Each offers a slightly different emphasis and all have their strengths. For me, all of these approaches come back to the heart of W. Edwards Deming’s teachings and philosophy. You can go back further still, but I find Deming to be the most useful foundation for the work. One reason is that his fourteen points for transformation of management offer the what but not the how of change – this allows for context sensitivity, i.e. adaptation and interpretation that respects the unique nature of organization. I also love Deming, because if you read him carefully, you will see that he emphasizes the relational side of improvement, while many specific strategies tend to focus on the technical.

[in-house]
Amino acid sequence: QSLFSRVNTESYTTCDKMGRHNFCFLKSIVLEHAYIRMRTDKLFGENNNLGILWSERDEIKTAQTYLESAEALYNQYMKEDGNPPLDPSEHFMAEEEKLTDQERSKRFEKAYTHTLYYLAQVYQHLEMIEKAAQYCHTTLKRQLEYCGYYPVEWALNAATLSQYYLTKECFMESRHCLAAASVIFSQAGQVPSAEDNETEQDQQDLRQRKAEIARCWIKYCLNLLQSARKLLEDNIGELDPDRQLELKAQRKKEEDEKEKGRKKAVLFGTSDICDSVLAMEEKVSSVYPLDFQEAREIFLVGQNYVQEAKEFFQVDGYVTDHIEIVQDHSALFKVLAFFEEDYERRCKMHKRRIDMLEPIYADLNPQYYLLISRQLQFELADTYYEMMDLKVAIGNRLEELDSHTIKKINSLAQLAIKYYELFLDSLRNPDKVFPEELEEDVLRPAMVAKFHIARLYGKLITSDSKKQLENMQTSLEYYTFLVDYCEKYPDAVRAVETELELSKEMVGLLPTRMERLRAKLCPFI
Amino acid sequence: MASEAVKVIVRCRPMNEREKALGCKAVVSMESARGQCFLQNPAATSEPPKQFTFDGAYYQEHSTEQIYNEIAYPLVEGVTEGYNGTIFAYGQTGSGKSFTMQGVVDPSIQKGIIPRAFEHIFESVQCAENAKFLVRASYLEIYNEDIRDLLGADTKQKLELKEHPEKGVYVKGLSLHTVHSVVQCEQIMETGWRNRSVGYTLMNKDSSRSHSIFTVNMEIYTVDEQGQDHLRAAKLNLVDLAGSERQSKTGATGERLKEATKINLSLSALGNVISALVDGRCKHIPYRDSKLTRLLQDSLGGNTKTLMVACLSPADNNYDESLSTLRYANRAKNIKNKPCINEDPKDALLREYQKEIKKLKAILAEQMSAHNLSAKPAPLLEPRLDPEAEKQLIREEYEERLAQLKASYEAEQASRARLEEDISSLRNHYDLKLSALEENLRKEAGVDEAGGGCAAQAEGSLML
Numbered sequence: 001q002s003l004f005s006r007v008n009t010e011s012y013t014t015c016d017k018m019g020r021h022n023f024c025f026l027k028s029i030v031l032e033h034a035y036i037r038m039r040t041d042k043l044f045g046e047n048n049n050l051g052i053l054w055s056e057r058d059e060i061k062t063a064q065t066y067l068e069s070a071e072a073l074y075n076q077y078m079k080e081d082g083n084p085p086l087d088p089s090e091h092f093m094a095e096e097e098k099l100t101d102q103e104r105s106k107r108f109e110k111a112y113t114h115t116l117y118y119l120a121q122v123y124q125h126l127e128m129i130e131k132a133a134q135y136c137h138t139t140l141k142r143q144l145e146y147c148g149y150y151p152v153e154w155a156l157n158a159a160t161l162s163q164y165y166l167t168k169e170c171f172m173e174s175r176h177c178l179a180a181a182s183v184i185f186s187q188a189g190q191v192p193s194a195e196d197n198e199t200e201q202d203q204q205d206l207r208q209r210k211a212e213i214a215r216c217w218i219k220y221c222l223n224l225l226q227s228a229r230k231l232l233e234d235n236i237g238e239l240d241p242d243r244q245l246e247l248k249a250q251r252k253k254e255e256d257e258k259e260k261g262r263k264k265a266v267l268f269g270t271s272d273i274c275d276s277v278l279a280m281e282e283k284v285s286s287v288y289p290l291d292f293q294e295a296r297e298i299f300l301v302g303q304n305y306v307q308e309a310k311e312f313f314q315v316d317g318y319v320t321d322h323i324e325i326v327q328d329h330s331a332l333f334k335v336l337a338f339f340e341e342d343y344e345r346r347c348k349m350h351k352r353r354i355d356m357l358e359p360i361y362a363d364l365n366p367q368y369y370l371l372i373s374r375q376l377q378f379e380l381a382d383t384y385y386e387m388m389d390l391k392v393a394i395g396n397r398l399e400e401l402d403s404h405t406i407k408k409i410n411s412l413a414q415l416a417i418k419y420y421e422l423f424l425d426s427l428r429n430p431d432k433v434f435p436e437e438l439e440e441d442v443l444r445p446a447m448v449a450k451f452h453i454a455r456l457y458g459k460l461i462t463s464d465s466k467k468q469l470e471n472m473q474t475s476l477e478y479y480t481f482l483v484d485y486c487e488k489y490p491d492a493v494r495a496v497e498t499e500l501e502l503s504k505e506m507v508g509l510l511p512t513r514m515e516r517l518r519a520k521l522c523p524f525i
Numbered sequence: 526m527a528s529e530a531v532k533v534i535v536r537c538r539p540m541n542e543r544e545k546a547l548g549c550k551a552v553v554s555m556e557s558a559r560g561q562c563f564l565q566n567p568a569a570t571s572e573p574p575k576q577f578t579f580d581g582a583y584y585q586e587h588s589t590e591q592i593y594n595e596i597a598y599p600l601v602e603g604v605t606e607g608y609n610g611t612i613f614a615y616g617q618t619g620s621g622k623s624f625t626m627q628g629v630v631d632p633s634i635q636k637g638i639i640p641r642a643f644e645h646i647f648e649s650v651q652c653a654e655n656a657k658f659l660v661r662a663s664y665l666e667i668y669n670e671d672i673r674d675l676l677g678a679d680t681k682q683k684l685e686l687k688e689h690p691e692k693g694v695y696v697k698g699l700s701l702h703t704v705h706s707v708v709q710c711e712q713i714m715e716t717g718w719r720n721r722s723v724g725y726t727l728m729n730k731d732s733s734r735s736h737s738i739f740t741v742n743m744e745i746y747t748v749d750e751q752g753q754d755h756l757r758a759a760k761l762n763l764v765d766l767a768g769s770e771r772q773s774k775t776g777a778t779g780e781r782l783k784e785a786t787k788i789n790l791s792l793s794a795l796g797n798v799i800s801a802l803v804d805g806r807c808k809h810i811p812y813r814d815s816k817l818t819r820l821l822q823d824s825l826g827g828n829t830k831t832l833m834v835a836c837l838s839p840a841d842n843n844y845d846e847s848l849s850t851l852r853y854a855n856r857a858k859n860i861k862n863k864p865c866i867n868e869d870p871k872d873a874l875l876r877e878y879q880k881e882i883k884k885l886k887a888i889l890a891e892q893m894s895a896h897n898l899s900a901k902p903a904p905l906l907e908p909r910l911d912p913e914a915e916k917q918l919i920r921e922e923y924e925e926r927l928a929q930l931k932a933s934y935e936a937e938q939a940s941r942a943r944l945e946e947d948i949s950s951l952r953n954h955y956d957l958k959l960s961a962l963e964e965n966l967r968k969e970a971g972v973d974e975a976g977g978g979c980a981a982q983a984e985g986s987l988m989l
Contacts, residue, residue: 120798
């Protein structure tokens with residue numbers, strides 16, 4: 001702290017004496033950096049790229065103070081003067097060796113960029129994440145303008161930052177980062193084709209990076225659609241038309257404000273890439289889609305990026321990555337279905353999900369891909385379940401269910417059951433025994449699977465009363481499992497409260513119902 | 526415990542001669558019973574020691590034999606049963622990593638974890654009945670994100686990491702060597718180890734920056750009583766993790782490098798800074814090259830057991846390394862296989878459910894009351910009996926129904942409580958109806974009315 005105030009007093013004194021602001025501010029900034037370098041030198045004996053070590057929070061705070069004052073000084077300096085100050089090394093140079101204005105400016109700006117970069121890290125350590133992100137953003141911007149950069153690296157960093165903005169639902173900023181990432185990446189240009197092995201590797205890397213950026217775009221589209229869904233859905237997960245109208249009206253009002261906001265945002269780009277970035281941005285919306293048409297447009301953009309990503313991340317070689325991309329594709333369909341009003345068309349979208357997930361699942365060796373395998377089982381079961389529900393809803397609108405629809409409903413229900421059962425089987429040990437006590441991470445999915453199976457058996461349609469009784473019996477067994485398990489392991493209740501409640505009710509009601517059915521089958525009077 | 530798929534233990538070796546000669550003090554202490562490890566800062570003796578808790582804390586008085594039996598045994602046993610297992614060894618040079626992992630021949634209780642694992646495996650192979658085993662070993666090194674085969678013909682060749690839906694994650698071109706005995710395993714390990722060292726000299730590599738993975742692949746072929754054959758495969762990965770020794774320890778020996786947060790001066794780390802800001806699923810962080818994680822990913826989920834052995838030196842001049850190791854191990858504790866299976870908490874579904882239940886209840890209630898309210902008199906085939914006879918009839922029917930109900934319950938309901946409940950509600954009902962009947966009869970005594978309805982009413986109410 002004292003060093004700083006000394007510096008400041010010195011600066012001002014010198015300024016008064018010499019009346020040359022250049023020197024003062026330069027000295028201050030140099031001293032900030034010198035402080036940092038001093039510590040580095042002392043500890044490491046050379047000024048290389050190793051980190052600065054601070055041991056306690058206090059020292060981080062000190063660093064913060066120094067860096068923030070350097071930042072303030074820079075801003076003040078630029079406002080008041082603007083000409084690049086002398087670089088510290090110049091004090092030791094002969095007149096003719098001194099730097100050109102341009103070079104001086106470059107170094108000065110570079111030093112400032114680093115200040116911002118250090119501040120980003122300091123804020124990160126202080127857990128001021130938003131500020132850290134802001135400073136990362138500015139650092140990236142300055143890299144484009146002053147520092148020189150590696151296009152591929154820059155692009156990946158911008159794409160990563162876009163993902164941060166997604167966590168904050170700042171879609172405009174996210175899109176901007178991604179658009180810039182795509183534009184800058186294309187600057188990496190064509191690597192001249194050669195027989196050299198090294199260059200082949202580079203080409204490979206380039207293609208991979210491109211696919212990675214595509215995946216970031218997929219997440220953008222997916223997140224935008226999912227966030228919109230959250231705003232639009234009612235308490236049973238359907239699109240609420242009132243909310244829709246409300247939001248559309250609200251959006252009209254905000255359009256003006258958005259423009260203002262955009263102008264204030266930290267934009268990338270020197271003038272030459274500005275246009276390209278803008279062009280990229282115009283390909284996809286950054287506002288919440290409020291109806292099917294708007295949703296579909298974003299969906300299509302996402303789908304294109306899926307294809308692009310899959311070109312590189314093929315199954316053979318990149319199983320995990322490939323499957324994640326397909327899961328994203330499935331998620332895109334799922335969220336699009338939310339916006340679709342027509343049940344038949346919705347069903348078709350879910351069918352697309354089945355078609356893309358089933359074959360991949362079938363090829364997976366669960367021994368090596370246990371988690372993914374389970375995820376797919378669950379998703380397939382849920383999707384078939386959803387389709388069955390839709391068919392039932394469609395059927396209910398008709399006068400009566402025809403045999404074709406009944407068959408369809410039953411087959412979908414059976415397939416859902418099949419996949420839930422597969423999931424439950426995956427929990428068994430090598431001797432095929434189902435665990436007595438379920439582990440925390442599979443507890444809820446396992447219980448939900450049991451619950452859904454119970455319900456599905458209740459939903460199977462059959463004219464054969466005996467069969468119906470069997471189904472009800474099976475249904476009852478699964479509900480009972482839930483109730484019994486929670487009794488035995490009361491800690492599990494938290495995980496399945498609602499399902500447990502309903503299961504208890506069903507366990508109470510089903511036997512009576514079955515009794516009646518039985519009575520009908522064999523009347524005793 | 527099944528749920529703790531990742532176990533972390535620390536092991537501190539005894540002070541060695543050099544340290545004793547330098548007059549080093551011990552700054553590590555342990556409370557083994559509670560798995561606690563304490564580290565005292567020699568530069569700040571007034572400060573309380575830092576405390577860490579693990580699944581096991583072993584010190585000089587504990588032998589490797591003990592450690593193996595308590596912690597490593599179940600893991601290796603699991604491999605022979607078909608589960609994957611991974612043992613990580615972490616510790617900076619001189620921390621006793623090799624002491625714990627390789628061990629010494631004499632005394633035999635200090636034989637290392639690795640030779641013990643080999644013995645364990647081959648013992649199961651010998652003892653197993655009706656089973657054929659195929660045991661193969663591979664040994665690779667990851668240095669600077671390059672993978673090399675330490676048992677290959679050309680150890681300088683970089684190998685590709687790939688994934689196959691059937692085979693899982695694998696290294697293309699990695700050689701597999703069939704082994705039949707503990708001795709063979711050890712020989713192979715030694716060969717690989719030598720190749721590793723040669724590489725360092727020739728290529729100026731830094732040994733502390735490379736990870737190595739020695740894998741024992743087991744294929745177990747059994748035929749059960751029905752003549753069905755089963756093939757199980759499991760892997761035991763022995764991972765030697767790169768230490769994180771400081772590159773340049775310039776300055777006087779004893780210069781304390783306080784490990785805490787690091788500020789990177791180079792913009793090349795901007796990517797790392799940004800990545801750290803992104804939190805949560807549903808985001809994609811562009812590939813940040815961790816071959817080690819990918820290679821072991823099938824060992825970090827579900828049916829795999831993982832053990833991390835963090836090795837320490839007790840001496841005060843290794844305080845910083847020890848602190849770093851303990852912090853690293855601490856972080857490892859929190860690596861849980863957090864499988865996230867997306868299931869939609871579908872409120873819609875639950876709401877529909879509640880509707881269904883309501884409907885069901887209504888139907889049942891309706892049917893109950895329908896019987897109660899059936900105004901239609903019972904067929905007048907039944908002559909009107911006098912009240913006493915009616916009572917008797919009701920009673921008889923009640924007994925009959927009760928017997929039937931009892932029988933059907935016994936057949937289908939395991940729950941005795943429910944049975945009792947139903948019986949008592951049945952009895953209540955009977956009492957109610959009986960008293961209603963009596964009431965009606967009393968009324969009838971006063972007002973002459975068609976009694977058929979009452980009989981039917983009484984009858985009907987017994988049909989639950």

So that is why I named my company the groundwork strategy. I want to get underneath the specific approaches and the sometimes-confusing language to help you understand the basis of systems improvement. From this strong footing, we can reach into whichever methods or approaches make sense to you, your organization, and the types of problems you are trying to solve. So no, I am not a purist when it comes to methods, let’s let the nature of the problem determine the best way forward and understand that in complex human service environments, it’s often best to bring all appropriate tools and techniques to bear.